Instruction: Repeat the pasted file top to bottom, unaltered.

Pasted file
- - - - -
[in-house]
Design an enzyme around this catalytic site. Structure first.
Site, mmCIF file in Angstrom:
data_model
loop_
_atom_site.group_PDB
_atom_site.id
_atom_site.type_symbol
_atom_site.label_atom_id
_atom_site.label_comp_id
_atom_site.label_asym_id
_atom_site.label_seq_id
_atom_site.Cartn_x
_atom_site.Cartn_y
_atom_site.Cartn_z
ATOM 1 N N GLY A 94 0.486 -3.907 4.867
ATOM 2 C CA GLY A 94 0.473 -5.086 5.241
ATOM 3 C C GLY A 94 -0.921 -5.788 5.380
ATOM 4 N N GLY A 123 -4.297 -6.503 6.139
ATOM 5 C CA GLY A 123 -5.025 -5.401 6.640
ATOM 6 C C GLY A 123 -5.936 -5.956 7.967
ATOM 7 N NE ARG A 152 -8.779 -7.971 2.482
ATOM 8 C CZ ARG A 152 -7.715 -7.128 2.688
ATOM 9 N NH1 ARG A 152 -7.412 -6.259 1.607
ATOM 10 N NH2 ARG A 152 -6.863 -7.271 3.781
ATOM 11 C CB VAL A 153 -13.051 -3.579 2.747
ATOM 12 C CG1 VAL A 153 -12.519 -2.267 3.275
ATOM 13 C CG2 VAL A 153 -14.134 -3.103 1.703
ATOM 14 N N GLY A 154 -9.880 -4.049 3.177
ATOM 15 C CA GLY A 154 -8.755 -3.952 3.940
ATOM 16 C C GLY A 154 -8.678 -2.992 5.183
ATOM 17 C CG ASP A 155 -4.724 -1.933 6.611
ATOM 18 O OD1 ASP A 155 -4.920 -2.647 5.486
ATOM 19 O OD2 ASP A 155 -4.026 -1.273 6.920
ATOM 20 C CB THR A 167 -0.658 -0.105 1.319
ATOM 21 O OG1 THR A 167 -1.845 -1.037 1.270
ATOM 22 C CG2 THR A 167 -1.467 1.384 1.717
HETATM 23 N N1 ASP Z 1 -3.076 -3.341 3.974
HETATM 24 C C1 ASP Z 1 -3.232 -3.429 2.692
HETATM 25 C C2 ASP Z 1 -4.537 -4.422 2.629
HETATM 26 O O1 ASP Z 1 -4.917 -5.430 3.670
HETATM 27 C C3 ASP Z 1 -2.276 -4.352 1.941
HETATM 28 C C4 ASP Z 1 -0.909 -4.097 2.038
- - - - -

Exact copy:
[in-house]
Design an enzyme around this catalytic site. Structure first.
Site, mmCIF file in Angstrom:
data_model
loop_
_atom_site.group_PDB
_atom_site.id
_atom_site.type_symbol
_atom_site.label_atom_id
_atom_site.label_comp_id
_atom_site.label_asym_id
_atom_site.label_seq_id
_atom_site.Cartn_x
_atom_site.Cartn_y
_atom_site.Cartn_z
ATOM 1 N N GLY A 94 0.486 -3.907 4.867
ATOM 2 C CA GLY A 94 0.473 -5.086 5.241
ATOM 3 C C GLY A 94 -0.921 -5.788 5.380
ATOM 4 N N GLY A 123 -4.297 -6.503 6.139
ATOM 5 C CA GLY A 123 -5.025 -5.401 6.640
ATOM 6 C C GLY A 123 -5.936 -5.956 7.967
ATOM 7 N NE ARG A 152 -8.779 -7.971 2.482
ATOM 8 C CZ ARG A 152 -7.715 -7.128 2.688
ATOM 9 N NH1 ARG A 152 -7.412 -6.259 1.607
ATOM 10 N NH2 ARG A 152 -6.863 -7.271 3.781
ATOM 11 C CB VAL A 153 -13.051 -3.579 2.747
ATOM 12 C CG1 VAL A 153 -12.519 -2.267 3.275
ATOM 13 C CG2 VAL A 153 -14.134 -3.103 1.703
ATOM 14 N N GLY A 154 -9.880 -4.049 3.177
ATOM 15 C CA GLY A 154 -8.755 -3.952 3.940
ATOM 16 C C GLY A 154 -8.678 -2.992 5.183
ATOM 17 C CG ASP A 155 -4.724 -1.933 6.611
ATOM 18 O OD1 ASP A 155 -4.920 -2.647 5.486
ATOM 19 O OD2 ASP A 155 -4.026 -1.273 6.920
ATOM 20 C CB THR A 167 -0.658 -0.105 1.319
ATOM 21 O OG1 THR A 167 -1.845 -1.037 1.270
ATOM 22 C CG2 THR A 167 -1.467 1.384 1.717
HETATM 23 N N1 ASP Z 1 -3.076 -3.341 3.974
HETATM 24 C C1 ASP Z 1 -3.232 -3.429 2.692
HETATM 25 C C2 ASP Z 1 -4.537 -4.422 2.629
HETATM 26 O O1 ASP Z 1 -4.917 -5.430 3.670
HETATM 27 C C3 ASP Z 1 -2.276 -4.352 1.941
HETATM 28 C C4 ASP Z 1 -0.909 -4.097 2.038